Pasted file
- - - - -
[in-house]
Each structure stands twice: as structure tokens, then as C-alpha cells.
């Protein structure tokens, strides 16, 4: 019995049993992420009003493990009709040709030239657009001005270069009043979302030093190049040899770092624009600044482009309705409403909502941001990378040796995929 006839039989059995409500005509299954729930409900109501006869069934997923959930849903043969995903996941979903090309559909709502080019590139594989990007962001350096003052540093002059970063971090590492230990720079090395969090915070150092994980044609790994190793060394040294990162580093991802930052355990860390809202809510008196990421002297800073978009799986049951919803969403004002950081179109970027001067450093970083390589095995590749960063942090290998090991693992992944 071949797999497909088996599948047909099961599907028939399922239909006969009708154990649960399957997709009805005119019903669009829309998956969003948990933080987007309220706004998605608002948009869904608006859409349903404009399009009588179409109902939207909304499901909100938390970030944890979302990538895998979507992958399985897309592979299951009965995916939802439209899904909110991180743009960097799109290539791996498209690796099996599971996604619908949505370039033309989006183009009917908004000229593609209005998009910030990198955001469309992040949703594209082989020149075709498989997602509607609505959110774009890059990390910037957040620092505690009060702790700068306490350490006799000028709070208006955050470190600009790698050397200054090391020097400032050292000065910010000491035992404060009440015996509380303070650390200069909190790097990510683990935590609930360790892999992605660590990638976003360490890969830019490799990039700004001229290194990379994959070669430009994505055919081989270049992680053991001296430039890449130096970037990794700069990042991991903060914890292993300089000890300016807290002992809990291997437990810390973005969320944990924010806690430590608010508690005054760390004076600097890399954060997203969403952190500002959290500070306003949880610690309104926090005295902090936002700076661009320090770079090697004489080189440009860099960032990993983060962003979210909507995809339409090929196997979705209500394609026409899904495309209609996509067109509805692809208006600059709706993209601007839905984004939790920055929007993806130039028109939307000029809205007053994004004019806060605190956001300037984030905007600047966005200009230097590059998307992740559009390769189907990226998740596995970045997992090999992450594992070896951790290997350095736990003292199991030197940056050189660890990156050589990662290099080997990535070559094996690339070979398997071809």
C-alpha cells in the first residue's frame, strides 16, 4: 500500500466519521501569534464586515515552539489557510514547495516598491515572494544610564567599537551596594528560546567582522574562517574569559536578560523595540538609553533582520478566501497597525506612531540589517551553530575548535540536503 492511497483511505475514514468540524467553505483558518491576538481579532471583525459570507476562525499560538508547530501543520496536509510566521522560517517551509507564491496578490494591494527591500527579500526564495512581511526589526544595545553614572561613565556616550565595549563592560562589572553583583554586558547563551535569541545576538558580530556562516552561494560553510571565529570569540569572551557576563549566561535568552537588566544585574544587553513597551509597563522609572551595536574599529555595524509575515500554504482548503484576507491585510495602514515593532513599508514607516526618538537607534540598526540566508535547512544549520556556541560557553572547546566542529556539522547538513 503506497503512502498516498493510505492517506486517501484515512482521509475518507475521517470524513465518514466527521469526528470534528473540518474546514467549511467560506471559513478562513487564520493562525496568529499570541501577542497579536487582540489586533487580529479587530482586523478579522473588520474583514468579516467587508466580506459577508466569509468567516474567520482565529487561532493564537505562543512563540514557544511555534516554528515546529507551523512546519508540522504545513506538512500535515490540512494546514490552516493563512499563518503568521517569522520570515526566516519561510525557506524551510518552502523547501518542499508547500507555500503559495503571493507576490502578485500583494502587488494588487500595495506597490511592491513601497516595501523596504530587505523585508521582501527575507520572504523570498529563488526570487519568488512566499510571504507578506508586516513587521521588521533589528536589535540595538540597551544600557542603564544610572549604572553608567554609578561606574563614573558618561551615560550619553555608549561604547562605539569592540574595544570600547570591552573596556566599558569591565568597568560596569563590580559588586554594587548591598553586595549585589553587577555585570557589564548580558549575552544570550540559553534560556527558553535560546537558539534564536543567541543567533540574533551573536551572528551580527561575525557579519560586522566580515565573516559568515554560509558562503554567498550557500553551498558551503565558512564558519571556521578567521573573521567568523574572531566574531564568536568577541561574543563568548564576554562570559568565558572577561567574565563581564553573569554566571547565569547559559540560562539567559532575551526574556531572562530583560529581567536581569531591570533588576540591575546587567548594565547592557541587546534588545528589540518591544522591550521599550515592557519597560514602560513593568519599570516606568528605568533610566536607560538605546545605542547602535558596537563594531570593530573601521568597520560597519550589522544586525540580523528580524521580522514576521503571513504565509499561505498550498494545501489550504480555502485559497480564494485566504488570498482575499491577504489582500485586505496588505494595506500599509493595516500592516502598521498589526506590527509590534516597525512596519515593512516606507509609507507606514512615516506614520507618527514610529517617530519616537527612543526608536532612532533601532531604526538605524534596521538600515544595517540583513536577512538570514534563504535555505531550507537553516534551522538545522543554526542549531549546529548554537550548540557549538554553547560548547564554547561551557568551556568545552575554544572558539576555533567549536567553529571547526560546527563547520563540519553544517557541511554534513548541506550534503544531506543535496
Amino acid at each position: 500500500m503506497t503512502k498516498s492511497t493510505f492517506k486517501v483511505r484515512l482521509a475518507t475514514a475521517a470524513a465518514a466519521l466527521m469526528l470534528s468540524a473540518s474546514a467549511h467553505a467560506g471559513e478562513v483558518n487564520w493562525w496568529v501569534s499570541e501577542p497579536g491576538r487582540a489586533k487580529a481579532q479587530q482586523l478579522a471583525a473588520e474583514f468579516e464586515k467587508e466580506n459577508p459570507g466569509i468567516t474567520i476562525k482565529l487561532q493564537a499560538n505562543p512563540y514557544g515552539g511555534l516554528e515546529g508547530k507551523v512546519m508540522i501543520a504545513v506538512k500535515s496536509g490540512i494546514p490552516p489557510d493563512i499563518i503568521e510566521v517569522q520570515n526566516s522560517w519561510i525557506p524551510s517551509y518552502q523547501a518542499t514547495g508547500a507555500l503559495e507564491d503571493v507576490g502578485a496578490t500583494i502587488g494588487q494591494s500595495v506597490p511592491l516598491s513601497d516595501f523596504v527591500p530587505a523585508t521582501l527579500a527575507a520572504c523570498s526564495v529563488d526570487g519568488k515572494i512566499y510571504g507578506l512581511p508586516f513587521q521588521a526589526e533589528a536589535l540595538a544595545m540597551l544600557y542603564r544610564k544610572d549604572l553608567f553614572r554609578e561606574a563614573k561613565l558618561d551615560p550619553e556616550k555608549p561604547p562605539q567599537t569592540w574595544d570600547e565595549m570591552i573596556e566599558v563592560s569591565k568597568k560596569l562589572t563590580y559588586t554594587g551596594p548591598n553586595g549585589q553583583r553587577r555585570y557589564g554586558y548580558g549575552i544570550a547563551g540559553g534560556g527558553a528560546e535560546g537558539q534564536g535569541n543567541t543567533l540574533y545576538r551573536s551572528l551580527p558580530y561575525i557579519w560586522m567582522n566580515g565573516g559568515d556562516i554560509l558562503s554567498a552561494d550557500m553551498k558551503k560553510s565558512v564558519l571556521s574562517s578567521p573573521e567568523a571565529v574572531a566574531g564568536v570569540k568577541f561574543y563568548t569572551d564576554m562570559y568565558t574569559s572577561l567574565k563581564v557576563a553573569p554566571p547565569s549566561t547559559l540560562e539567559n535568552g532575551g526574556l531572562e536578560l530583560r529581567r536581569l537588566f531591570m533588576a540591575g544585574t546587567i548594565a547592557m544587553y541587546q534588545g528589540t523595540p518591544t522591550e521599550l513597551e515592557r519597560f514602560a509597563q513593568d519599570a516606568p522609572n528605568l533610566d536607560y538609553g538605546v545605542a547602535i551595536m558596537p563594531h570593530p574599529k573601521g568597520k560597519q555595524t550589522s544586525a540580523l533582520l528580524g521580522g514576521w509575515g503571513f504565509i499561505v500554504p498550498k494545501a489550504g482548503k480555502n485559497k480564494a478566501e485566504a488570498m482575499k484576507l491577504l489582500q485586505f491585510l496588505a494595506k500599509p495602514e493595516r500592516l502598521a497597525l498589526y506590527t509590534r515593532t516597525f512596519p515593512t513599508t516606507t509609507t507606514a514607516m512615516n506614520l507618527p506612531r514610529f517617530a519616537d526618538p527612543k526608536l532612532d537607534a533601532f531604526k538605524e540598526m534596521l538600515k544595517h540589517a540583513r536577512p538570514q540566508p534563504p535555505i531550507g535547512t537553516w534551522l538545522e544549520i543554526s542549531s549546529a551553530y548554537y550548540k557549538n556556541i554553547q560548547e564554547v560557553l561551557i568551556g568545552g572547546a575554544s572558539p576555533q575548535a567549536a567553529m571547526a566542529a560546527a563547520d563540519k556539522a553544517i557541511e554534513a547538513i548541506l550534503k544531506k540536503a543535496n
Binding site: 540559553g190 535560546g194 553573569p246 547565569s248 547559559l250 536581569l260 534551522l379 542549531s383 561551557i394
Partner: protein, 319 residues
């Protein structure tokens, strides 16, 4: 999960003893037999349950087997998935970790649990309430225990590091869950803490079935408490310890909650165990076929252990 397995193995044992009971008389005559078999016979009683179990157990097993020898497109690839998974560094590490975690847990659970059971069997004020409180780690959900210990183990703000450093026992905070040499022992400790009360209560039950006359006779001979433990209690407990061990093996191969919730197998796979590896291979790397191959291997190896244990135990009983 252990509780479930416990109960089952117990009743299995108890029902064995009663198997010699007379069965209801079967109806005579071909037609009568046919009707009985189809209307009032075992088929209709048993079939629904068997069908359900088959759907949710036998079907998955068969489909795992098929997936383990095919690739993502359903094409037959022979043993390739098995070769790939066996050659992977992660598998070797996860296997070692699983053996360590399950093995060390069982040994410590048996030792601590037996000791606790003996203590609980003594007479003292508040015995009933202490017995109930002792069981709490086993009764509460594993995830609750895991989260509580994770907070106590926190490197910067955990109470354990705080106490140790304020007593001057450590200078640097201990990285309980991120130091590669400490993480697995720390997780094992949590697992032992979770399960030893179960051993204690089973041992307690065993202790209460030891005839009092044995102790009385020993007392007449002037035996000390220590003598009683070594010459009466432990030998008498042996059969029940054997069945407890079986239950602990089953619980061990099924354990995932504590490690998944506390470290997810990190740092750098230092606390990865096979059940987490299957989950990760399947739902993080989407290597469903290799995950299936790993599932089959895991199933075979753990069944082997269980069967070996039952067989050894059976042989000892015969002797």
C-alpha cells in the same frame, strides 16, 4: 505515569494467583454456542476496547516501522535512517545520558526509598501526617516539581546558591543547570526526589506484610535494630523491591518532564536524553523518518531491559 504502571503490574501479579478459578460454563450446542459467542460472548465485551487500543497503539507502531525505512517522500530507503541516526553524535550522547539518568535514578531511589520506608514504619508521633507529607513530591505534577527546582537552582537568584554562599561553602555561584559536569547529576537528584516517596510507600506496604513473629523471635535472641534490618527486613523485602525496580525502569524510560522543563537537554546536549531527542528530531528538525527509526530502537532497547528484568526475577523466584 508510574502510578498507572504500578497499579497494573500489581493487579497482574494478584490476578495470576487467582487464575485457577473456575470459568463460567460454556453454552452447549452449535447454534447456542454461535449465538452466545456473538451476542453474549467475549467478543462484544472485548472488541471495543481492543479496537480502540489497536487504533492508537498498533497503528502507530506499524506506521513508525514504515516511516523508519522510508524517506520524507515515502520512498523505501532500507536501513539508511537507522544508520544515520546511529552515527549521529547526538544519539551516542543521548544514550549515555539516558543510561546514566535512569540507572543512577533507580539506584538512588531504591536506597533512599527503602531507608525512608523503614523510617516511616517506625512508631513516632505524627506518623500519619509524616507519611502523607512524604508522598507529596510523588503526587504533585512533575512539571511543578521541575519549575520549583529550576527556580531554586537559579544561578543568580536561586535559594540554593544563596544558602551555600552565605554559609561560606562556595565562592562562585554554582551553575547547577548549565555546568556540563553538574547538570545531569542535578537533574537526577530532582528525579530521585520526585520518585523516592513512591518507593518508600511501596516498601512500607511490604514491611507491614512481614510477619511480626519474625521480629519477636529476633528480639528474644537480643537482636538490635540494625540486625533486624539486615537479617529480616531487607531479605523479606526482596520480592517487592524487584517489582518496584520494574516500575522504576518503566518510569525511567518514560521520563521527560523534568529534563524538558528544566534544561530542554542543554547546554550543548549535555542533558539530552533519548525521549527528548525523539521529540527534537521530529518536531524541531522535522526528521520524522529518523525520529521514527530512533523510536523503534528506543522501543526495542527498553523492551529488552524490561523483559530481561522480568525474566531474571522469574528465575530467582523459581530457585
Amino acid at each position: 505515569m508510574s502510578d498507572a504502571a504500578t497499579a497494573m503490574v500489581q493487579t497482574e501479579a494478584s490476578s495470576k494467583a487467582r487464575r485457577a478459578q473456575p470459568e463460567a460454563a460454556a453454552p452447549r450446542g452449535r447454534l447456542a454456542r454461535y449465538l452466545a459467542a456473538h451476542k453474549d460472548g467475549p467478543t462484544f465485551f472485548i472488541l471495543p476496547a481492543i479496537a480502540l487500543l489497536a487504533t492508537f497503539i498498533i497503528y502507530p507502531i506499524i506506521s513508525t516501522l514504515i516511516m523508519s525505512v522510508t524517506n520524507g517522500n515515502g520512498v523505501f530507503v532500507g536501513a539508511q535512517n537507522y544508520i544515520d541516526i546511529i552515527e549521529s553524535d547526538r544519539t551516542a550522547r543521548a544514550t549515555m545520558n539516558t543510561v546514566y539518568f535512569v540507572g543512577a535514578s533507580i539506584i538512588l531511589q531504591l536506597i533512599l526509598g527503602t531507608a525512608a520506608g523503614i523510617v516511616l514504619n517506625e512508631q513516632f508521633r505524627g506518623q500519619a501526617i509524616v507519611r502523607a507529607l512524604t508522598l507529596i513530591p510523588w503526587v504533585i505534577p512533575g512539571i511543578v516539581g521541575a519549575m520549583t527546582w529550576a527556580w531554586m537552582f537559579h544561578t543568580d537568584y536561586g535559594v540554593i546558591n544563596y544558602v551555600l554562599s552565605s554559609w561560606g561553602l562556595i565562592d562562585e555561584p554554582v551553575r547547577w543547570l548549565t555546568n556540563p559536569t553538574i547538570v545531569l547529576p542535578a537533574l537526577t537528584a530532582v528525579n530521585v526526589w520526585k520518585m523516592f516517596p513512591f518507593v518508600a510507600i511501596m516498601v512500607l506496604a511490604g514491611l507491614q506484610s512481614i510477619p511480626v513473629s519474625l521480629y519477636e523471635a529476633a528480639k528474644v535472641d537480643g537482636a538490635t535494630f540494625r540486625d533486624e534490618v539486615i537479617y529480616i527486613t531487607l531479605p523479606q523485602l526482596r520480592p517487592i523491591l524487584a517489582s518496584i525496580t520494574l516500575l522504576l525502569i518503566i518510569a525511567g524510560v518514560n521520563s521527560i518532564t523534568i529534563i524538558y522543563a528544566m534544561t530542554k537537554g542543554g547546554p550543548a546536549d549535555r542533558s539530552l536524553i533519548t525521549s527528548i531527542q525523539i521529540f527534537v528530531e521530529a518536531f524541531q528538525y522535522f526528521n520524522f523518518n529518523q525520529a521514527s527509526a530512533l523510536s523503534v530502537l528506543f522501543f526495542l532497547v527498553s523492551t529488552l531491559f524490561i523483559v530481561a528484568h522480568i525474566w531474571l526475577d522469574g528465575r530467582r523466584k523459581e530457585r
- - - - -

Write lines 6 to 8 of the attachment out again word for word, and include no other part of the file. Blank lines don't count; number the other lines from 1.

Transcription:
Binding site: 540559553g190 535560546g194 553573569p246 547565569s248 547559559l250 536581569l260 534551522l379 542549531s383 561551557i394
Partner: protein, 319 residues
């Protein structure tokens, strides 16, 4: 999960003893037999349950087997998935970790649990309430225990590091869950803490079935408490310890909650165990076929252990 397995193995044992009971008389005559078999016979009683179990157990097993020898497109690839998974560094590490975690847990659970059971069997004020409180780690959900210990183990703000450093026992905070040499022992400790009360209560039950006359006779001979433990209690407990061990093996191969919730197998796979590896291979790397191959291997190896244990135990009983 252990509780479930416990109960089952117990009743299995108890029902064995009663198997010699007379069965209801079967109806005579071909037609009568046919009707009985189809209307009032075992088929209709048993079939629904068997069908359900088959759907949710036998079907998955068969489909795992098929997936383990095919690739993502359903094409037959022979043993390739098995070769790939066996050659992977992660598998070797996860296997070692699983053996360590399950093995060390069982040994410590048996030792601590037996000791606790003996203590609980003594007479003292508040015995009933202490017995109930002792069981709490086993009764509460594993995830609750895991989260509580994770907070106590926190490197910067955990109470354990705080106490140790304020007593001057450590200078640097201990990285309980991120130091590669400490993480697995720390997780094992949590697992032992979770399960030893179960051993204690089973041992307690065993202790209460030891005839009092044995102790009385020993007392007449002037035996000390220590003598009683070594010459009466432990030998008498042996059969029940054997069945407890079986239950602990089953619980061990099924354990995932504590490690998944506390470290997810990190740092750098230092606390990865096979059940987490299957989950990760399947739902993080989407290597469903290799995950299936790993599932089959895991199933075979753990069944082997269980069967070996039952067989050894059976042989000892015969002797």